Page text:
UK map maker the Ordnance Survey is looking to hire £6m worth of game developers.
Publishing a contract tender notice, the publicly owned cartographer is asking for bids from “organisations with strong game development experience to help us deliver our new gaming app.”
What exactly that gaming app involves is anyone’s guess right now. An Ordnance Survey spokesman tossed The Register a firm “no comment”, but promised to divulge more details when the time was ripe.
We can only speculate that the well-known crossover between the gamer and rambler communities will be looking forward to rebooting Doom in the Lickey Hills.
The Ordnance Survey, founded by the British Army in the wake of the Jacobite rising of 1745 (to help it get a look at the territories of rebel clans in the Scottish Highlands), is no stranger to applying centuries of UK mapping knowledge to the digital era. In 2017, it integrated an augmented-reality tool with the OS Maps app, allowing walkers to hold their phone up to a landscape and see a series of labels pop up on their screen.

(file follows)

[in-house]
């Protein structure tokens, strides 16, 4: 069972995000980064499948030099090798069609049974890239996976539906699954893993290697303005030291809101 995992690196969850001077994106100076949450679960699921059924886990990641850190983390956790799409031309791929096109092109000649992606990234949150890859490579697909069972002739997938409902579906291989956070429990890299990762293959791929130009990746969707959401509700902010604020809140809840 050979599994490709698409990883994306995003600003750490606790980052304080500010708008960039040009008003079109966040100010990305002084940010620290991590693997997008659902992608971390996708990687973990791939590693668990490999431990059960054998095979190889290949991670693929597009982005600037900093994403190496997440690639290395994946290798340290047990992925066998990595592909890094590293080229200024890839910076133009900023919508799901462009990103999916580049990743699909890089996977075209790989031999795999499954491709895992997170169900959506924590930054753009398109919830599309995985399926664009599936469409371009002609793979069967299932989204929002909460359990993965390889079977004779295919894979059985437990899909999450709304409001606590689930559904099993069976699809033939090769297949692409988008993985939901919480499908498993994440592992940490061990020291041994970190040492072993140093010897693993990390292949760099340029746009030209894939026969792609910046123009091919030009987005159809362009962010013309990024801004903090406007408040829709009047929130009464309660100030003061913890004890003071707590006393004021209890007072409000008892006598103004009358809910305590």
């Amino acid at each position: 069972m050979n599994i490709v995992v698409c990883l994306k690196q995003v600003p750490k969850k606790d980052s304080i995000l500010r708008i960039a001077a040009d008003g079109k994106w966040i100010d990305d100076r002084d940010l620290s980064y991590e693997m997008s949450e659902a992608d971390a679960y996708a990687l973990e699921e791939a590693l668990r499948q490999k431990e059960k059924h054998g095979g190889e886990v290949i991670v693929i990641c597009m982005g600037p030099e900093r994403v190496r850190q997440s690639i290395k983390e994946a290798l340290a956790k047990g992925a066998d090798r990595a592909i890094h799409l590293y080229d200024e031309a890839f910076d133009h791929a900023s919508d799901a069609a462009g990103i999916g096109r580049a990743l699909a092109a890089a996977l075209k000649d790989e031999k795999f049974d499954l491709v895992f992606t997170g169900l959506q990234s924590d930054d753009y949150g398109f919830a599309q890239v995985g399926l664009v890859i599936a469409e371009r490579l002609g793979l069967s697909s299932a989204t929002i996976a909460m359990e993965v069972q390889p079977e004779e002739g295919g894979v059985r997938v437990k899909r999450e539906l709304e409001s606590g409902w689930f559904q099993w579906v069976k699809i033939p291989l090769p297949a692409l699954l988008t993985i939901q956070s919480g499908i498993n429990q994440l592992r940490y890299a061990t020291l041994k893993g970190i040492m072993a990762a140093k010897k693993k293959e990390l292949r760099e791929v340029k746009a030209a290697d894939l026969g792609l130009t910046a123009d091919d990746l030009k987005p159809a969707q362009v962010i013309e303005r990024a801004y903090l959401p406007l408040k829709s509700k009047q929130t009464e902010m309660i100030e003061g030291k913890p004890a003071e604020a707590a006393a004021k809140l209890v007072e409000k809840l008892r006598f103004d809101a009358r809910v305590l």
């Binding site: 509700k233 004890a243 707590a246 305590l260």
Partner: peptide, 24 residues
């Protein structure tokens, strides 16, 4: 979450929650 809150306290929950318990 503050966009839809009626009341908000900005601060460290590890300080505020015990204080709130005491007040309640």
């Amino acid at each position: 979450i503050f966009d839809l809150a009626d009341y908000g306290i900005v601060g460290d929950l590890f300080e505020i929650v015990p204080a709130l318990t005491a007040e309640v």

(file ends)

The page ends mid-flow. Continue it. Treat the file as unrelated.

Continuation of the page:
The idea of using real-world mapping data in gaming is not new. In 2018, Google opened up its Maps platform to gives game developers to access real-world geographic information and offered a new SDK for Unity, a popular game engine. The rise of the Pokémon Go mobile game since 2016 has also been inescapable.
But, as anyone who has attempted to traverse the Yorkshire Dales can testify, Ordnance Survey maps provide much richer details of the local topography and landmarks than any satellite-based system. The mind boggles at the possibility for an amalgamated Brecon Beacons/Grand Theft Auto mash-up.
Then again it is entirely possible El Reg is barking up the wrong tree. Or is it a telegraph pole? Or hedge? Or prehistoric stone circle. Dammit, where the hell are we? ®
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